Fitness Review: Orange Theory Fitness
Mid august 2013 and I had a chance to witness the evolution of fitness in the commercial gym with the launch of the new David Lloyd Studio in Islington, endorsing a new brand of training known as Orange Theory Fitness. My overall thoughts are a big thumbs up for beginning the move away from the Les Mills domination to something more individualised and less copycat and Zombie Fitness.
Individualised because now people get to see how hard they are working by having their own personal performance monitored and viewed on a big screen. After taking down your age, height and weight a rough calculation is made of your maximum heart rate. You’re then given a heart rate monitor to wear so that when you enter their impressive shiny studio you see a big screen with your heart rate reading displayed.
The main reading however is your current energy zone characterised by a colour. If you are working between 75 and 85% of your max heart rate you are considered to be in the green zone. However, between 85 and 92% you are in the orange zone where it is believed that you get the greatest benefit in terms of EPOC, Excess Post Exercise Oxygen Consumption. To us we know it as afterburn and creating this allows us to burn fat when resting.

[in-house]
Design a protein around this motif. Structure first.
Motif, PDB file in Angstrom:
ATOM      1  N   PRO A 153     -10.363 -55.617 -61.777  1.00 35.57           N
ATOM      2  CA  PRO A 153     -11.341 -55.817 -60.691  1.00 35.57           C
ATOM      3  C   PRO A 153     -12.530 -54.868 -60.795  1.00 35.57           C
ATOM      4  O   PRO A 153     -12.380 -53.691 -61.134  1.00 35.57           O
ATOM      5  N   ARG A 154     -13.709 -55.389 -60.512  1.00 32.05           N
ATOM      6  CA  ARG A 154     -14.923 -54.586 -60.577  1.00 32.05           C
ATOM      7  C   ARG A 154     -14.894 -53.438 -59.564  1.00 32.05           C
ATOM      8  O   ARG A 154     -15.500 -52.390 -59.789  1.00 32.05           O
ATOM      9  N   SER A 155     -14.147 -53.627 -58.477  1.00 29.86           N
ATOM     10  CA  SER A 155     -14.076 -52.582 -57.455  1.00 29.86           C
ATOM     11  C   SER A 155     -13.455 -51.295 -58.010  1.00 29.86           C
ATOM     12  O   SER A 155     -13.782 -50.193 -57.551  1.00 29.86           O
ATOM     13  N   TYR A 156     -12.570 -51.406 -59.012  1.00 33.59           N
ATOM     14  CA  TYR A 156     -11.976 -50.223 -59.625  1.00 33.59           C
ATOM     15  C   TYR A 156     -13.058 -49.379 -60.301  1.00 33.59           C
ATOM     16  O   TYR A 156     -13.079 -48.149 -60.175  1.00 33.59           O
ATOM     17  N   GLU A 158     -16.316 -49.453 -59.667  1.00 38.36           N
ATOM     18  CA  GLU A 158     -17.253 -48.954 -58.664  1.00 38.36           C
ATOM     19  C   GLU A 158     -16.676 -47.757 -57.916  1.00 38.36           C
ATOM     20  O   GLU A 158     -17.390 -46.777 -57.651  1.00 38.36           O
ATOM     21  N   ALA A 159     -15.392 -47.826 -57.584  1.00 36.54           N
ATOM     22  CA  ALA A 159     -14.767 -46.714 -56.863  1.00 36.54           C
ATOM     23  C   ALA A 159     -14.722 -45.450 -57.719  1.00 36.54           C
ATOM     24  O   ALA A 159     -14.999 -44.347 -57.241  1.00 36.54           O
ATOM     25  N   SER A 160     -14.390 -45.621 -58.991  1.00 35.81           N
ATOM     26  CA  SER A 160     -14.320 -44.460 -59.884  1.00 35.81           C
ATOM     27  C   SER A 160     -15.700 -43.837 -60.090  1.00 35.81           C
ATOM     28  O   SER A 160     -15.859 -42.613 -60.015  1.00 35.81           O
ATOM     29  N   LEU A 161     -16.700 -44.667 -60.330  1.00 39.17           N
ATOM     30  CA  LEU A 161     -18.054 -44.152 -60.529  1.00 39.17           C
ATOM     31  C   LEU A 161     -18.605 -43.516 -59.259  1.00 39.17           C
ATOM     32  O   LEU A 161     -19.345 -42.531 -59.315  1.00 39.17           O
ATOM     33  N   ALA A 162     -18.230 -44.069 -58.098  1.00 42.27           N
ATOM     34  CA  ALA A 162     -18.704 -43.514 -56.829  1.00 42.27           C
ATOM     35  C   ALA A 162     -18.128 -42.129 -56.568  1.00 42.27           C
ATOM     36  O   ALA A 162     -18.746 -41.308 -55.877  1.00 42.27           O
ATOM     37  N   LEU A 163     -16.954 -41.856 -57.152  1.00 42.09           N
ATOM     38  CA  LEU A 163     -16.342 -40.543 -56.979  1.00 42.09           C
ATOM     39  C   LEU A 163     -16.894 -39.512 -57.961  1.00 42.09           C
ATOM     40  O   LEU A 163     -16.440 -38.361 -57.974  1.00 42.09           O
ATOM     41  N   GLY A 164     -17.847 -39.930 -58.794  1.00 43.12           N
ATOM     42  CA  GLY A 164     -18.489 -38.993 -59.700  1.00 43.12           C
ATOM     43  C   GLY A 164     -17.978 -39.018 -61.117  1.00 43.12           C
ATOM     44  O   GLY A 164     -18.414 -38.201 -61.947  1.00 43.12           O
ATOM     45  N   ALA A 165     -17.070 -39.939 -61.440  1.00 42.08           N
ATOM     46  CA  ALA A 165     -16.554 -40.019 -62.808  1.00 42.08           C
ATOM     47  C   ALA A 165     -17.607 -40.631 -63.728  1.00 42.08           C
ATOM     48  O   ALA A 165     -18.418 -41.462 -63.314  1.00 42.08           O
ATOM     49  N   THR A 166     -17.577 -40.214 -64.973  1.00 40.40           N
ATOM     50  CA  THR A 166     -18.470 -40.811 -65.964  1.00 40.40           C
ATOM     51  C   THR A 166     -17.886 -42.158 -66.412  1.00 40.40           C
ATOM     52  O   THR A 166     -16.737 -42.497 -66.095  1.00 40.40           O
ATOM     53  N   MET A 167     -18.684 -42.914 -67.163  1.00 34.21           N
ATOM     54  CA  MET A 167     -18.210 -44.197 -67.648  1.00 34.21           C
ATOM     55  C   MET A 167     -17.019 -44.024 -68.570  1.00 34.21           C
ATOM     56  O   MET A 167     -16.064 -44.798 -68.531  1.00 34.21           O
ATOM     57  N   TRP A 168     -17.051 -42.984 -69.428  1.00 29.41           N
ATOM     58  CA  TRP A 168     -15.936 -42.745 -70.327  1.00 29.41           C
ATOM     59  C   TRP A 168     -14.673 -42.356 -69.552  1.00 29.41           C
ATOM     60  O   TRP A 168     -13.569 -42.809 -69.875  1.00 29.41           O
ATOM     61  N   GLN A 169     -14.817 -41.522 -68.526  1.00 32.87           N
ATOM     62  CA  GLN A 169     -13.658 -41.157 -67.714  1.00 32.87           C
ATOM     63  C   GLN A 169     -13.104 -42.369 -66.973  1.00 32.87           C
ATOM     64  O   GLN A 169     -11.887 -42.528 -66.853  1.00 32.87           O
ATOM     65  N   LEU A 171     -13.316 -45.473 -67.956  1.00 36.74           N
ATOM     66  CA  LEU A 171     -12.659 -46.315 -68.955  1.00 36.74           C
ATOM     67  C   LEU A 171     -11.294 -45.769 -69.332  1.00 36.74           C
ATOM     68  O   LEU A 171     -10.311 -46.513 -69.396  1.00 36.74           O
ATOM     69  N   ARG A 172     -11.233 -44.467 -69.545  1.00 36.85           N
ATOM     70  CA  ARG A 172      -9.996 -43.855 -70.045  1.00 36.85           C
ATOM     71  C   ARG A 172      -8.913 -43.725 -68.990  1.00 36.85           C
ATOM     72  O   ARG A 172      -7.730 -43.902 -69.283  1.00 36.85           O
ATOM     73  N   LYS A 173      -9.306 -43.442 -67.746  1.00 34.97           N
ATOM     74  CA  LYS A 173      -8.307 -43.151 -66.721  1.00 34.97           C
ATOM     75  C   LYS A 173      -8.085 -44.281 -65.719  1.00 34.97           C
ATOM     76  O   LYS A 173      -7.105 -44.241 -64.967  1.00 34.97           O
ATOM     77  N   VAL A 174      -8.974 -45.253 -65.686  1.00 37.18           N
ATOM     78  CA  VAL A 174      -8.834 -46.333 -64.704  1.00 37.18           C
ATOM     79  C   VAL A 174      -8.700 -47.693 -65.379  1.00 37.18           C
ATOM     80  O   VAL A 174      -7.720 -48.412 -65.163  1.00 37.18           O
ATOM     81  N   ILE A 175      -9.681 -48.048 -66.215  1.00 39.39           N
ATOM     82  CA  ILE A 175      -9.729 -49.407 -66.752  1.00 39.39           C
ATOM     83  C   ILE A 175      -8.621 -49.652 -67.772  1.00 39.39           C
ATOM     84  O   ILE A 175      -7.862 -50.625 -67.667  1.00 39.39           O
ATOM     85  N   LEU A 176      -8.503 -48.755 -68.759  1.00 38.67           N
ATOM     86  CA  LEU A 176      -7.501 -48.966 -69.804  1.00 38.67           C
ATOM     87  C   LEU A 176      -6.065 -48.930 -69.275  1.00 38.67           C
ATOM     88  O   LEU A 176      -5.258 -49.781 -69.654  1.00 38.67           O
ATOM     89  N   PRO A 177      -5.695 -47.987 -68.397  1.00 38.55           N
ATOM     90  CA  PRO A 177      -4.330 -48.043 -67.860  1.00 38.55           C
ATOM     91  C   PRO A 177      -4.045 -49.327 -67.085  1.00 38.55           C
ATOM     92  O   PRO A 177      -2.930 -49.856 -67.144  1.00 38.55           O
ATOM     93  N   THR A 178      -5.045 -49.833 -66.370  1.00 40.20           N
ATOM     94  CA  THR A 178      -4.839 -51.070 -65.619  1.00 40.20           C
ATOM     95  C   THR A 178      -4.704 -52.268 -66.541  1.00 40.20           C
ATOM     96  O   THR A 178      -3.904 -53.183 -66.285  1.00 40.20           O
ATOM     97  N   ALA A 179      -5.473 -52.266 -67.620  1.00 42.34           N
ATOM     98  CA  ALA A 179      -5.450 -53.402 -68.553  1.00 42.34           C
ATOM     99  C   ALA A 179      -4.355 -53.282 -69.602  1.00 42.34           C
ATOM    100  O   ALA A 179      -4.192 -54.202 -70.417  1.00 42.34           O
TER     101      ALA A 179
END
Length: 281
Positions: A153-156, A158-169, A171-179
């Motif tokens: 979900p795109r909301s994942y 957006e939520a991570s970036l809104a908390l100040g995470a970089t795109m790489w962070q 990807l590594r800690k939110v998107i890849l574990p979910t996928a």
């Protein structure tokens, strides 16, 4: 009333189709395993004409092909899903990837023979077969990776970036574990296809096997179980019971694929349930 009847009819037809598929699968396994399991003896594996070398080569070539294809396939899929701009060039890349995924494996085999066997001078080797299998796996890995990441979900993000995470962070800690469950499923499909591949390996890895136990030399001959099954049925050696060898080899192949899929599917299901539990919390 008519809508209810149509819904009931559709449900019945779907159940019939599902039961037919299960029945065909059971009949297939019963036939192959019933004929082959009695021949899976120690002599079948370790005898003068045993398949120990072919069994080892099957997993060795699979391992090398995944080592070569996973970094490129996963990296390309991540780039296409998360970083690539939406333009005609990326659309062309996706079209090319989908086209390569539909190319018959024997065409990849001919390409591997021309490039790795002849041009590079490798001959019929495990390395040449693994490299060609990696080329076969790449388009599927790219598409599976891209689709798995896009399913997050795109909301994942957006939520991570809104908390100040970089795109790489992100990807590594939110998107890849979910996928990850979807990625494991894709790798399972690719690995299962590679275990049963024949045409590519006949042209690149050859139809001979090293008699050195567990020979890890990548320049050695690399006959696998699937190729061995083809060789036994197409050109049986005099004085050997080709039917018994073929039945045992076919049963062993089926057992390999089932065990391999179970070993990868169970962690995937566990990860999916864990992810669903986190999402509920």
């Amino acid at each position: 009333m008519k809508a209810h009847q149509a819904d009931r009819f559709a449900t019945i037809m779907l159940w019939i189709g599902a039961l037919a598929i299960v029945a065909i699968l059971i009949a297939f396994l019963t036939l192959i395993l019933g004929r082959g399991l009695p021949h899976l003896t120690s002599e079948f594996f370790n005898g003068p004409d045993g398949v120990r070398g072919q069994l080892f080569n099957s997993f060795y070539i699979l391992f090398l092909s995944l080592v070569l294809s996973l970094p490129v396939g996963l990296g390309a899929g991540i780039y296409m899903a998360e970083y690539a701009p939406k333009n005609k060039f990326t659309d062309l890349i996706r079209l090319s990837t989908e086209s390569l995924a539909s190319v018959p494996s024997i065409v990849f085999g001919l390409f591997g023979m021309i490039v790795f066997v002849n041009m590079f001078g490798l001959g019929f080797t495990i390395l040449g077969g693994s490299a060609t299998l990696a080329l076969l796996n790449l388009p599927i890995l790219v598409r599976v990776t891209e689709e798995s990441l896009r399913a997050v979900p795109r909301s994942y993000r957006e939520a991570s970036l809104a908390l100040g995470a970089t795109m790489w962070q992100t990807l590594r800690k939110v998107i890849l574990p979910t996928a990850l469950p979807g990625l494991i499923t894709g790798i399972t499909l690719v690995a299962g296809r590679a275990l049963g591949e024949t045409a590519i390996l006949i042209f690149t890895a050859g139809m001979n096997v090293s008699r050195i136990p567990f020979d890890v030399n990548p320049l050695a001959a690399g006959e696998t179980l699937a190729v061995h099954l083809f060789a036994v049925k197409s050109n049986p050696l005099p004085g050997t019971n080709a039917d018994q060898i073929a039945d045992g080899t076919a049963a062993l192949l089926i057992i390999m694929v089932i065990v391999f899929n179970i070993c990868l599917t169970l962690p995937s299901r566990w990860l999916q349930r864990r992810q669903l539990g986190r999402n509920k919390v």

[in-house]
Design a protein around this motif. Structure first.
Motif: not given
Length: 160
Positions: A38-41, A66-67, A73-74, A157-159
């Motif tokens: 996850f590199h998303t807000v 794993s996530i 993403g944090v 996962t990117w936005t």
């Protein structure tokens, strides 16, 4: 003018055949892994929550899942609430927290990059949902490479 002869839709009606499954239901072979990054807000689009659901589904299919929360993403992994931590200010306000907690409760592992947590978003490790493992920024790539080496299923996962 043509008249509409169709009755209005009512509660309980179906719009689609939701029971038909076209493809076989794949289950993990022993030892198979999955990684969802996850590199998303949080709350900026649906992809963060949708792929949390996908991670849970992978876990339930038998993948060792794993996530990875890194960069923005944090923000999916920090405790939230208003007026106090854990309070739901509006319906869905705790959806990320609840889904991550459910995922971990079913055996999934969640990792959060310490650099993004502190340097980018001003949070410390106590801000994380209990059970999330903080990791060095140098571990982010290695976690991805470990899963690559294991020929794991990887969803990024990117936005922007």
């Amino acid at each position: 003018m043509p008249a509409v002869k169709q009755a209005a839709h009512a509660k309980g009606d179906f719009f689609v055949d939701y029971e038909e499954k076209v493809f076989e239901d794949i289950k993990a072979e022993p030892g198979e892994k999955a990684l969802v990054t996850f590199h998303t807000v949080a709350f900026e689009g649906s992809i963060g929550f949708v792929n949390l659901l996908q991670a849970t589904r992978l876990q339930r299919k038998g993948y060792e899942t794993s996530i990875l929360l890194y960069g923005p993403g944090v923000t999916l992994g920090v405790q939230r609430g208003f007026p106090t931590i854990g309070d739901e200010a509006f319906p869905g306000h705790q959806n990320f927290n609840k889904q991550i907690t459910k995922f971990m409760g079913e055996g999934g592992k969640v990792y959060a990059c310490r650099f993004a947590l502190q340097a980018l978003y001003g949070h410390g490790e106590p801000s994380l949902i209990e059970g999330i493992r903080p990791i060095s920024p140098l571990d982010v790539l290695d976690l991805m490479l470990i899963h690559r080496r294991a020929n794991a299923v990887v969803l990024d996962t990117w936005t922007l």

The classes are an hour long; my class was half cardio and half floor work involving dumbell and TRX training. The moves are still quite simple so not as sophisticated as the exercises in Crossfit and TACFIT but perfect for beginners and still challenging enough for me to start blowing smoking. Was also a good opportunity for myself to practise my barefoot running and I realised that I didn’t have to push it that much on the treadmill speed to get and stay in orange zone, showing that barefoot running, although you may not break PBs you might burn more calories when doing it right.
Despite my loyalties to Fitness First I have not hesitated to encourage others to go and get a free trial at the club at least to understand the benefit of such a precision-based and individualised method of training.
Another eye-opening factor for me was how difficult some found it to remain within the orange zone, possibly suggesting that their bodies still hadn’t become efficient enough at producing energy at varying intensities for different activities. Something which only develops with time and it shows that we should avoid quick fix approaches when adopting fitness as a method to improve our quality of life.
So happy to have tried this out and a privilege to be one of the first to review the concept in the UK. Needless to say, the setting is amazing (admittedly a bit ‘weary fairy, shiny shiny’) and the staff were very welcoming.